Important New Transportation Corridor
Opens in Pittsburgh
by Geoffrey B. Nara, P.E., L.A., Pittsburgh
Most people familiar with the major transportation projects
in southwestern Pennsylvania immediately think of the Mon/Fayette
Expressway when the subject of "important transportation
corridors" is raised. But the opening of another critical
transportation link for the Pittsburgh area, the West Busway,
has the Port Authority of Allegheny County proud.
An undertaking that began over a decade ago, the West Busway
opened for service in September 2000. Where once there was an
abandoned, overgrown, debris-covered railroad right-of-way,
now is a modern rapid transit facility providing numerous community
and transit related benefits.
Planning efforts that were the seed of this new facility began
12 years ago with a multi-model corridor study of the Parkway
West, Pittsburgh's highway link of its downtown and the airport.
This study identified various transportation needs, including
transit recommendations. Further studies and refinements led
to the Busway proposal. After receiving the Federal Transit
Administration Record of Decision in mid-1994, construction
started that October. Six years later, the West Busway is a
five-mile long, two-lane roadway for buses only, that begins
in the Borough of Carnegie and passes through the communities
of Rosslyn Farms, East Carnegie, Oakwood, Crafton and Ingram,
west of Pittsburgh. It ends in Sheraden near Corliss Street,
where it crosses the Norfolk Southern railroad mainline on a
flyover, providing an incredible view of the city's Golden Triangle.
The West Busway provides a rapid transit connection between
the Airport Corridor to the west, downtown Pittsburgh, Oakland,
and other points to the east of the city by way of the East
Busway corridor. It improves mobility within the increasingly
congested Parkway West Corridor by allowing buses to bypass
Green Tree Hill and the Fort Pitt Tunnels, where traffic delays
occur throughout the day, and thereby helps reduce traffic congestion
on the Parkway West. Expected time savings are an impressive
25 minutes inbound and seven minutes outbound. Ridership during
the first month of operation averaged 6,000 riders per day,
with a projected daily ridership of 10,000 by 2005.
The Busway will provide a reliable transportation option during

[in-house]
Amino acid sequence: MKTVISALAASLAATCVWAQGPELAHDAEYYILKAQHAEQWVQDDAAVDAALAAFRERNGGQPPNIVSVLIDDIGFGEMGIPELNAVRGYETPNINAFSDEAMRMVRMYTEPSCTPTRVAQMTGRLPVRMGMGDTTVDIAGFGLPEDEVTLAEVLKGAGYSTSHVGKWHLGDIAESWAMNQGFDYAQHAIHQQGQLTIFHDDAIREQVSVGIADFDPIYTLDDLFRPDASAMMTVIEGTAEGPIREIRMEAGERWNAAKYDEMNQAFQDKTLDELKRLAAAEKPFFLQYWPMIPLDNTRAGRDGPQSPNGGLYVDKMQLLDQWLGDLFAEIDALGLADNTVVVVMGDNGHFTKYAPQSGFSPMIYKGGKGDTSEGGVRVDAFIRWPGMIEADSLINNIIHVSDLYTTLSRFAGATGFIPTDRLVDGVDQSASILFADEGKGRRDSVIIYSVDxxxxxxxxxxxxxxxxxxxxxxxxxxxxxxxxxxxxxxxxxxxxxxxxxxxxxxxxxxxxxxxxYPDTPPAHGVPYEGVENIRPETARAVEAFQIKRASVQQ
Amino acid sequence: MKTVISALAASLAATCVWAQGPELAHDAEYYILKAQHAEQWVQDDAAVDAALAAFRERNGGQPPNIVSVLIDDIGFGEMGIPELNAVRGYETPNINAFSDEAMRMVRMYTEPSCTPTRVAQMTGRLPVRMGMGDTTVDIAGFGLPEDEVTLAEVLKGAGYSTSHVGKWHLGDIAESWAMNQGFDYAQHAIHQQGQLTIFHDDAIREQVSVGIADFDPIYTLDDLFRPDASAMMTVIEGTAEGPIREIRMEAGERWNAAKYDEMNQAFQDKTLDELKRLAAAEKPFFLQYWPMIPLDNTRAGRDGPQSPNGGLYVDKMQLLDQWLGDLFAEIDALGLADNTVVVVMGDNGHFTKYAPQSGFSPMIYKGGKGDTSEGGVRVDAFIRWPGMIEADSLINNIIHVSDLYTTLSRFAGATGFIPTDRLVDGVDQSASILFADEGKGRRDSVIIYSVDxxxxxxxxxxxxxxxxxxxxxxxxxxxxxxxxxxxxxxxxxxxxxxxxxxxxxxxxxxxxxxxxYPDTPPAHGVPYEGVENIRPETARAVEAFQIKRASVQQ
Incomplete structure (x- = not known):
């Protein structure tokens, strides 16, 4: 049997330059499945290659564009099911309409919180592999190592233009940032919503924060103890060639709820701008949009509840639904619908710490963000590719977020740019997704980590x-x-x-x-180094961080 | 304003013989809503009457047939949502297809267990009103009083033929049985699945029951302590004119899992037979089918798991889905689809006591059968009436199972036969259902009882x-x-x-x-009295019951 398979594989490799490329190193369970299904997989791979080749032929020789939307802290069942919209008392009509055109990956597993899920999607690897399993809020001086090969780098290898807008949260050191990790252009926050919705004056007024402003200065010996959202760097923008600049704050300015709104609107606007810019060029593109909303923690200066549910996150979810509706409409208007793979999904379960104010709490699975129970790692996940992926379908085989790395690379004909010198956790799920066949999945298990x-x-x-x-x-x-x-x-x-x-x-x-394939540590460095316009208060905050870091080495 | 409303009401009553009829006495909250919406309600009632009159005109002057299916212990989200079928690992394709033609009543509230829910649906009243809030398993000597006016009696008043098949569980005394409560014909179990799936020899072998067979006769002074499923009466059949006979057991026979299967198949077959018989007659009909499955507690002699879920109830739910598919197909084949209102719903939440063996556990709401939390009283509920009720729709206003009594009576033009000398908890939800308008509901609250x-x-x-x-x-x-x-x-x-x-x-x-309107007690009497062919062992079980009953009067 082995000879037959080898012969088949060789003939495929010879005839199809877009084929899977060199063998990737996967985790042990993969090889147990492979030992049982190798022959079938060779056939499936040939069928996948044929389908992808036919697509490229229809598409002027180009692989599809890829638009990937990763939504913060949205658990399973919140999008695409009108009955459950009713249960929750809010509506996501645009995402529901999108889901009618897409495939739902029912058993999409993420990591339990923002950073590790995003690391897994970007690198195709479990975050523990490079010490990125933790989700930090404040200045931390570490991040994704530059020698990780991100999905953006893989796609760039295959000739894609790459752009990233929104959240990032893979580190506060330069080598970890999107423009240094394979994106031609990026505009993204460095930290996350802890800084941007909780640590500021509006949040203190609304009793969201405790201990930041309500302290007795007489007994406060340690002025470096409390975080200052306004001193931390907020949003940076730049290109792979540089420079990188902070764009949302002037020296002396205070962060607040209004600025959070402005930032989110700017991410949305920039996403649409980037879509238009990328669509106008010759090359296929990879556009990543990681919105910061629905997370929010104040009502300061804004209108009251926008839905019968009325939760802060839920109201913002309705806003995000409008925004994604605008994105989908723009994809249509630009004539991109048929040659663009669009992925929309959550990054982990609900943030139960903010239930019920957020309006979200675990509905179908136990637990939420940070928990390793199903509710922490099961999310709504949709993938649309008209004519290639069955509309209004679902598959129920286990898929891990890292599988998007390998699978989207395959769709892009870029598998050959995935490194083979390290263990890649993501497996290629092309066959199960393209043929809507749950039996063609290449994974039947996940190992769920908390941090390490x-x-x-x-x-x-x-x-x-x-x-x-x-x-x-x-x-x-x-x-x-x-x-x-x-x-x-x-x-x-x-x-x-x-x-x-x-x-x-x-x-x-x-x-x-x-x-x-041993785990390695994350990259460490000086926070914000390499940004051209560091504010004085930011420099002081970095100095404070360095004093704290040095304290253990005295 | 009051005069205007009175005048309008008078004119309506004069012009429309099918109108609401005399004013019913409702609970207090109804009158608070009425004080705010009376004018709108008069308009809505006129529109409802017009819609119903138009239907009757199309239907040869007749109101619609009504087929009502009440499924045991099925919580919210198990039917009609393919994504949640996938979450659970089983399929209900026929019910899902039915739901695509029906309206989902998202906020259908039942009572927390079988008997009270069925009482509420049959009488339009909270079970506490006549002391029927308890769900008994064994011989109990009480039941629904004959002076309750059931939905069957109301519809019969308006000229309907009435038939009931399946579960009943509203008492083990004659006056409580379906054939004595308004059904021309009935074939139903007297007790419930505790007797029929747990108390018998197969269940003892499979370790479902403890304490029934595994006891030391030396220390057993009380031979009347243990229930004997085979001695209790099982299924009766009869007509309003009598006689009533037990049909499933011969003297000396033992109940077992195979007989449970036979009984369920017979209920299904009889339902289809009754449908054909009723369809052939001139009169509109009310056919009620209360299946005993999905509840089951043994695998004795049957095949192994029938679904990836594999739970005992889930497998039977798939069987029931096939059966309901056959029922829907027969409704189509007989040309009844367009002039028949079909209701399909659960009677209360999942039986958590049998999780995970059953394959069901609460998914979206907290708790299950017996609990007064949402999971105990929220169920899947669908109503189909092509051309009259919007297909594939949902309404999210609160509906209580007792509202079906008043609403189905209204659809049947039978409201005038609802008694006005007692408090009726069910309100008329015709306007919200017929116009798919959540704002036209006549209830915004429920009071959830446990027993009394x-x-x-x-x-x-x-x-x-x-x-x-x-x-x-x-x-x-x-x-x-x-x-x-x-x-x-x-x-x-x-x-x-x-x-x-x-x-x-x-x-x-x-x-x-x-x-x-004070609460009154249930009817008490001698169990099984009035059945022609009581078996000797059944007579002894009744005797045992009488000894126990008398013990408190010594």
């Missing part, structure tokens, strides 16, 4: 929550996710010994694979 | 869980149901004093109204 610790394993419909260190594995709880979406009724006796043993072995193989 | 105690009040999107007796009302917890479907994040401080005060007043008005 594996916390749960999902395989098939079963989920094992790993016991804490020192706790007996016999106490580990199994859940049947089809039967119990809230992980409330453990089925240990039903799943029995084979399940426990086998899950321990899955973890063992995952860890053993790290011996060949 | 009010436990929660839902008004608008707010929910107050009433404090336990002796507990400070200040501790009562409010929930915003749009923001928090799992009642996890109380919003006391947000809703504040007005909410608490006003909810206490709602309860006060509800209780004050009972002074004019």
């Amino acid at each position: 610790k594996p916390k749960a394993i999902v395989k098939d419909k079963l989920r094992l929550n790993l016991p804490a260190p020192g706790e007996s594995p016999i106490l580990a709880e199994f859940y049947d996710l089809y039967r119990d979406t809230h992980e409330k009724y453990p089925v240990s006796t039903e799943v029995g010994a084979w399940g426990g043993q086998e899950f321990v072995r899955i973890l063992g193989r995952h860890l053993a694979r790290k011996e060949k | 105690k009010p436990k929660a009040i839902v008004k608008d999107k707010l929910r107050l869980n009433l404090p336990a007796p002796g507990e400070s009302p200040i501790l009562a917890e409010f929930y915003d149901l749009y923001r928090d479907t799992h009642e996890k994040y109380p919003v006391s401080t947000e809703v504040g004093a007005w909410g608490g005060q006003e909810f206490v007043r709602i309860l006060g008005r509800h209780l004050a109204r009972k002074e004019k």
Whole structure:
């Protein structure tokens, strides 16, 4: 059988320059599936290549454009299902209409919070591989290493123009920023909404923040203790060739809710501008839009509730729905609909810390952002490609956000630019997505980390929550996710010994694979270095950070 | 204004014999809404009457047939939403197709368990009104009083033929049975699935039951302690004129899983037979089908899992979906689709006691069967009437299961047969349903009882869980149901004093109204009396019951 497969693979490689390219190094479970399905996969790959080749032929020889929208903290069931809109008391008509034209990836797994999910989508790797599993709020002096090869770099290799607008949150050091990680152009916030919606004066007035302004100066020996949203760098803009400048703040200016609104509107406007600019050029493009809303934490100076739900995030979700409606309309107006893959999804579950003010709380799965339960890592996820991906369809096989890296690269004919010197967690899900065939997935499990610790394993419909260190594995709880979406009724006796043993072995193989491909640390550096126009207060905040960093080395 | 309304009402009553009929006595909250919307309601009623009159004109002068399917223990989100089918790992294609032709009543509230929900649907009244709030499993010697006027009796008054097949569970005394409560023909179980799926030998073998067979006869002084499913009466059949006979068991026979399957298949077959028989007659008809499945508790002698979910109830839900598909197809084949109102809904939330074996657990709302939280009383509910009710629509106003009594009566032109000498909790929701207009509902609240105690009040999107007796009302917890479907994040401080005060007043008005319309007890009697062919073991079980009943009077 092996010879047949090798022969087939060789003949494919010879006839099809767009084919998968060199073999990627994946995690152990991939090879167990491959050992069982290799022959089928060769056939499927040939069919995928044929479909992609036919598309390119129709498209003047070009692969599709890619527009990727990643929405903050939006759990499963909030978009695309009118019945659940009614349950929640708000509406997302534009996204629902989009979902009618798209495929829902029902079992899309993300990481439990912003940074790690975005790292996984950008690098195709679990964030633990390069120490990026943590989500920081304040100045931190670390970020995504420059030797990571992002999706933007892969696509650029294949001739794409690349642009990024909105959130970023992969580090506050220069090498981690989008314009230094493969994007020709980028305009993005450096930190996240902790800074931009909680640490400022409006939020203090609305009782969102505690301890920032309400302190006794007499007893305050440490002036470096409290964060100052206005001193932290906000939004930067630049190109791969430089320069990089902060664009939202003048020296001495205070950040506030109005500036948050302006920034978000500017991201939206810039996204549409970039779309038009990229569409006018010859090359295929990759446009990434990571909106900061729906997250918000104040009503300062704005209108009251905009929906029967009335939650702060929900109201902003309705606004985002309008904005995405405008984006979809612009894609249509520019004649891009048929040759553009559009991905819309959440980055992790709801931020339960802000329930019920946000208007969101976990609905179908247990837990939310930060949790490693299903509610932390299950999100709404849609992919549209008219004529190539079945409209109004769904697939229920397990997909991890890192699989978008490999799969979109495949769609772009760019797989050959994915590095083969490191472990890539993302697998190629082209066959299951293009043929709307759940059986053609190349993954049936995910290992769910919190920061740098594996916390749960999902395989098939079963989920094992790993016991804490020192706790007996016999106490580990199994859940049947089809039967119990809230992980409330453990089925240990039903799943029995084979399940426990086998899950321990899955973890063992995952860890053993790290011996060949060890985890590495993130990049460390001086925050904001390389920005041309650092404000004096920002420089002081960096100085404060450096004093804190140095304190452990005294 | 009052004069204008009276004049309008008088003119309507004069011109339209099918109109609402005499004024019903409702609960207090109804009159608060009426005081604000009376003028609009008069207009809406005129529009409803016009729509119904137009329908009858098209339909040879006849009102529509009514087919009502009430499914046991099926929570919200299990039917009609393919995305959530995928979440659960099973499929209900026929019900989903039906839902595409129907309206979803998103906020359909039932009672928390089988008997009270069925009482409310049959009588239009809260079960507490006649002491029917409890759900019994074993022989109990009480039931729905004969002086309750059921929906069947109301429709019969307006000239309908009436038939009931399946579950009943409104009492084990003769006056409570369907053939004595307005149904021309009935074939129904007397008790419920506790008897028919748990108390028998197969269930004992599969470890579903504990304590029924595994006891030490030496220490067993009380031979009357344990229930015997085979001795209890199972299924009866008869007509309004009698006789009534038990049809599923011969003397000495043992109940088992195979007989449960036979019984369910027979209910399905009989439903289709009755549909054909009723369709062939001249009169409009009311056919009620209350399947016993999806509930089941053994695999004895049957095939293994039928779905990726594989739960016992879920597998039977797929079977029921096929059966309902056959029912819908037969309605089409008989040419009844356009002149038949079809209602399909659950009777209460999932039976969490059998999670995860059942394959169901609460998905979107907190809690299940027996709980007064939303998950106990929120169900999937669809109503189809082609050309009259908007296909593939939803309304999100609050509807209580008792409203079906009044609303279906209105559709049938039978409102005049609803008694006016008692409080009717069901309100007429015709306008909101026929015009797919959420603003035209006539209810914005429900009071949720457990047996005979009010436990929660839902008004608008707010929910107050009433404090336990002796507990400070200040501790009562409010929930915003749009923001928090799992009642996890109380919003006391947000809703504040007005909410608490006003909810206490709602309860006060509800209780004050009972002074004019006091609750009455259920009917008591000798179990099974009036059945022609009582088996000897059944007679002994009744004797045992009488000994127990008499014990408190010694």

the pending reconstruction of the Fort Pitt Bridge and Tunnels,
where the Parkway West connects to the city's central business
district. When this bridge and tunnel construction project begins,
a major transportation link to downtown Pittsburgh will be disrupted.
The West Busway will be a key, viable traffic relief alternative.
Some key features of the West Busway include:
- Total project cost = $326.8 million
- Alignment follows an abandoned railroad right-of-way which,
before the Busway, was overgrown and choked with debris.
- Rehabilitation and enlargement of a 150-year-old railroad
tunnel. The 3,000-foot long tunnel was widened from 25 feet
to 30 feet, 6 inches using the New Austrian Tunneling Method.
- Renovation and/or reconstruction of 11 existing bridges,
including renovating and constructing a new, wider deck on
a 70-foot high former railroad bridge.
- Construction of four new bridges, including a 120-foot radius
curved girder bridge constructed under the existing Parkway
- 55 mph design speed.
- 4,936 linear feet of noise walls.
- 191,000 cubic yards of concrete and 4,200 tons of steel
used in construction.
- Interchange with the Parkway West in Carnegie, which provides
for direct access for buses from the western suburbs. The
interchange was designed to allow for future widening of the
- Access points a several locations that allow buses from
feeder routes to use the Busway without the need for transfers.
- Six stations which are fully ADA compliant and patron-friendly,
with public telephones as well as information and security
phone systems. The stations all have attractive, effective
shelters and an aesthetically pleasing, curvilinear design.
- Three on-line park and ride lots providing approximately
460 spaces. Five additional remote park and ride locations
throughout western Allegheny County will provide approximately
2,340 new spaces.
- Local police and other emergency personnel are permitted
to use the Busway, reducing their response time to emergencies.
- 89 prime contractors and subcontractors, including 38 DBE
firms, participated in the construction of the project.
This adds up to an impressive project, fulfilling an important
transportation need for the Pittsburgh area.
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